The WSIB is here to help and wants everyone to receive the compensation they are entitled to.
When we look at occupational disease claims, we must rely on the best scientific evidence available, in addition to information about the person’s illness, workplace exposures and other relevant factors. As the scientific research related to occupational disease evolves, we continue to look for new information that may help with our evidence-based decision-making.
Our Occupational Disease Strategy will help us achieve a more responsive and sustainable approach to occupational disease policy and decision-making. It draws on recommendations from the Demers report - Using scientific evidence and principles to help determine the work-relatedness of cancer - released in July 2020, the KPMG, "Value for Money Audit Report: Occupational Disease and Survivor Benefit Program", released in 2019.
The Occupational Disease Strategy includes short-term, medium-term, and long-term activities.
In the short term, foundational activities focus on three main areas:
- Establishing a Scientific Advisory Table on Occupational Disease to provide expert scientific advice to the WSIB to support policy development and scheduling
- Developing an overarching Occupational Disease Policy Framework to guide future policy development and scheduling
- Read about next steps.
- Leveraging our Research and Grants Program to ensure the collection of up-to-date scientific evidence to support evidence-based decision-making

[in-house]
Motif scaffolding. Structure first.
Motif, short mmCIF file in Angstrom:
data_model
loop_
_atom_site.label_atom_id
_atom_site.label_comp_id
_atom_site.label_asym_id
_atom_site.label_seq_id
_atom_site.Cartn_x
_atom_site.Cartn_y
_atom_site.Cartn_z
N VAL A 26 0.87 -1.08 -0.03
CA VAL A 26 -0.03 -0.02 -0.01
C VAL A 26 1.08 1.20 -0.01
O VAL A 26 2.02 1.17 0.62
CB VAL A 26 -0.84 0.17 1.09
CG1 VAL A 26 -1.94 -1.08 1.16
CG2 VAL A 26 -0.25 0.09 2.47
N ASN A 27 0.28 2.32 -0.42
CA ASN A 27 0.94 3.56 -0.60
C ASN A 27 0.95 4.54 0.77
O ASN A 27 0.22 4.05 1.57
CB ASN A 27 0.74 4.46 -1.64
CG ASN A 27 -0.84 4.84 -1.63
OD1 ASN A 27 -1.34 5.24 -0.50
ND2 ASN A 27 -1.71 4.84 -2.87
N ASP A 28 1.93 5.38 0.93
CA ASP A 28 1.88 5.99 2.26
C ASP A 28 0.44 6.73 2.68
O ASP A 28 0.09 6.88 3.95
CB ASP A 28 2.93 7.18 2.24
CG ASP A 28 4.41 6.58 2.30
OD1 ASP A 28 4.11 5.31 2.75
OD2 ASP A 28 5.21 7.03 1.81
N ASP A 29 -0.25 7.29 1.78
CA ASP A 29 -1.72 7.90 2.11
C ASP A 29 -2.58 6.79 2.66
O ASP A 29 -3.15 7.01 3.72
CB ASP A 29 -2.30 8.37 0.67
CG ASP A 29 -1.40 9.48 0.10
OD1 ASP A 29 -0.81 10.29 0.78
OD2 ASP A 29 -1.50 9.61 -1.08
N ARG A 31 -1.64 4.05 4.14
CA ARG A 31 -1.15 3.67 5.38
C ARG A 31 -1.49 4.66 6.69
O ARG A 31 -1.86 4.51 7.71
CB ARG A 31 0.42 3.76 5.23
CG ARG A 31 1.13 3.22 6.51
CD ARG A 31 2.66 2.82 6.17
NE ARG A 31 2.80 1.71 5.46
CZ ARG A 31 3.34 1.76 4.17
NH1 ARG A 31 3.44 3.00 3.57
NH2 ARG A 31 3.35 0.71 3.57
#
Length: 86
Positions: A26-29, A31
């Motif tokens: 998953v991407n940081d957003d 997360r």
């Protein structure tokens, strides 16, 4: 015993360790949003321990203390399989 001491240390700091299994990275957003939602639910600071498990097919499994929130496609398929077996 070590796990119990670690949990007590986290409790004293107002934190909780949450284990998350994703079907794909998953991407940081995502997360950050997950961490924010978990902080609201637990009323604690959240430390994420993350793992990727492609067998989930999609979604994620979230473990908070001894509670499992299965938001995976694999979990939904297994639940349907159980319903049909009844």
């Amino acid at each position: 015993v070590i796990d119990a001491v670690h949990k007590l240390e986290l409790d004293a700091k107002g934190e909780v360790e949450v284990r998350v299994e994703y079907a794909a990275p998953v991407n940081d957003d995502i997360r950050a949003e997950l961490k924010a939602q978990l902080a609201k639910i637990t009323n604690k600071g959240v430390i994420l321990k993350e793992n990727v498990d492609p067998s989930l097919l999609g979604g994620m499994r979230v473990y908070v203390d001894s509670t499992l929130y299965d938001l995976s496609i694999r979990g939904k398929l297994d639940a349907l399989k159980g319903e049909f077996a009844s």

- Some occupational disease research is currently underway
Strategy work to complete these short-term activities is ongoing with the Ministry of Labour, Training and Skills Development (MLTSD) and other system partners. Updates will be provided as we progress through its development and implementation
In addition to our progress on the short-term activities, we have worked with the MLTSD to make a regulatory change under the Workplace Safety and Insurance Act (WSIA) to add a new presumption for Parkinson’s disease in McIntyre Powder-exposed miners. This means that if anyone was exposed to McIntyre Powder through work in the mining industry and develops Parkinson’s disease, the disease is presumed to be work-related, unless the contrary is shown.
- McIntyre Powder update
- Using scientific evidence and principles to help determine the work-relatedness of cancer
- “Value for Money Audit Report: Occupational Disease and Survivor Benefit Program”
- Occupational disease cohort statistics
- Making a claim for occupational disease
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